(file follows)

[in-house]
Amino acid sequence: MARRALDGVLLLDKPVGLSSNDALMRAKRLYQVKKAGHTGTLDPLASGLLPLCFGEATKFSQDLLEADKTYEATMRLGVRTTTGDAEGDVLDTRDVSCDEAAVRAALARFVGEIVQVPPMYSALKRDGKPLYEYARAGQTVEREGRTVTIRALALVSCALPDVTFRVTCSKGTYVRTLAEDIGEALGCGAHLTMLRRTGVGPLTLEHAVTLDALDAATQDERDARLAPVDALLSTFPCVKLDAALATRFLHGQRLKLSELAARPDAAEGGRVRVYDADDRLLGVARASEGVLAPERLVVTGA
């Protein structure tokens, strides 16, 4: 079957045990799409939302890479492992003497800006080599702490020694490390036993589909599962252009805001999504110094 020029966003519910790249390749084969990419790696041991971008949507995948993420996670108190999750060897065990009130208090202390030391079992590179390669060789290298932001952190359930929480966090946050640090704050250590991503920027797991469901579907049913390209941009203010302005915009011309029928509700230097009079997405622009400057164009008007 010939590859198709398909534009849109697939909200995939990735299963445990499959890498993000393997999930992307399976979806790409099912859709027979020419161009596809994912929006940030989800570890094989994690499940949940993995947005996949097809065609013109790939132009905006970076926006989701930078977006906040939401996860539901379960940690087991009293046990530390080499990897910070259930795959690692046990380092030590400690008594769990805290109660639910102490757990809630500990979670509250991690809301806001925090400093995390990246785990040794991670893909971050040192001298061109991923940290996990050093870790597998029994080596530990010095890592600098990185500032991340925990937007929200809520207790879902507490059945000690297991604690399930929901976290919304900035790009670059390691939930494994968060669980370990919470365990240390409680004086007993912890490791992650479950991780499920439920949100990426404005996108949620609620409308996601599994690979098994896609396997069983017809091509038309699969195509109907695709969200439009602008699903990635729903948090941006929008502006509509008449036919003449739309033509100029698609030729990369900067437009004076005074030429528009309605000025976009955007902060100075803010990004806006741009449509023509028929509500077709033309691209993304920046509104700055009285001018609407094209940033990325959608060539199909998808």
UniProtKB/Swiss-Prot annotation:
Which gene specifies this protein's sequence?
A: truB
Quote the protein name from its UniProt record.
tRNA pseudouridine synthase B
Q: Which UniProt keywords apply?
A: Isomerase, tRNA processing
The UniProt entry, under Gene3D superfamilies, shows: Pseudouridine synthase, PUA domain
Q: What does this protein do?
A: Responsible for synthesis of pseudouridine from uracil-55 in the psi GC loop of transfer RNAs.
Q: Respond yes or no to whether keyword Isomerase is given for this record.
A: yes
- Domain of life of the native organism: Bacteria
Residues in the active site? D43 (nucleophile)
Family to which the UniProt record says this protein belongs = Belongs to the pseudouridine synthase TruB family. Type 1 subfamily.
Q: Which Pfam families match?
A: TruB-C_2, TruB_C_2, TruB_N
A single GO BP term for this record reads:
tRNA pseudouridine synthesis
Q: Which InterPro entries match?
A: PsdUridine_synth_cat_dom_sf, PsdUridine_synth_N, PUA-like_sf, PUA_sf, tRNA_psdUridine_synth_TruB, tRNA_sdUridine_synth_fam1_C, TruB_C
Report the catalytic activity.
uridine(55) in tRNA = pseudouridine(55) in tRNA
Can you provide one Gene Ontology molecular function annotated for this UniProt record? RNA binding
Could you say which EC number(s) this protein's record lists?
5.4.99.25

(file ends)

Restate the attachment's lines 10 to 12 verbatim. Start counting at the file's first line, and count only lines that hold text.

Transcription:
A: Isomerase, tRNA processing
The UniProt entry, under Gene3D superfamilies, shows: Pseudouridine synthase, PUA domain
Q: What does this protein do?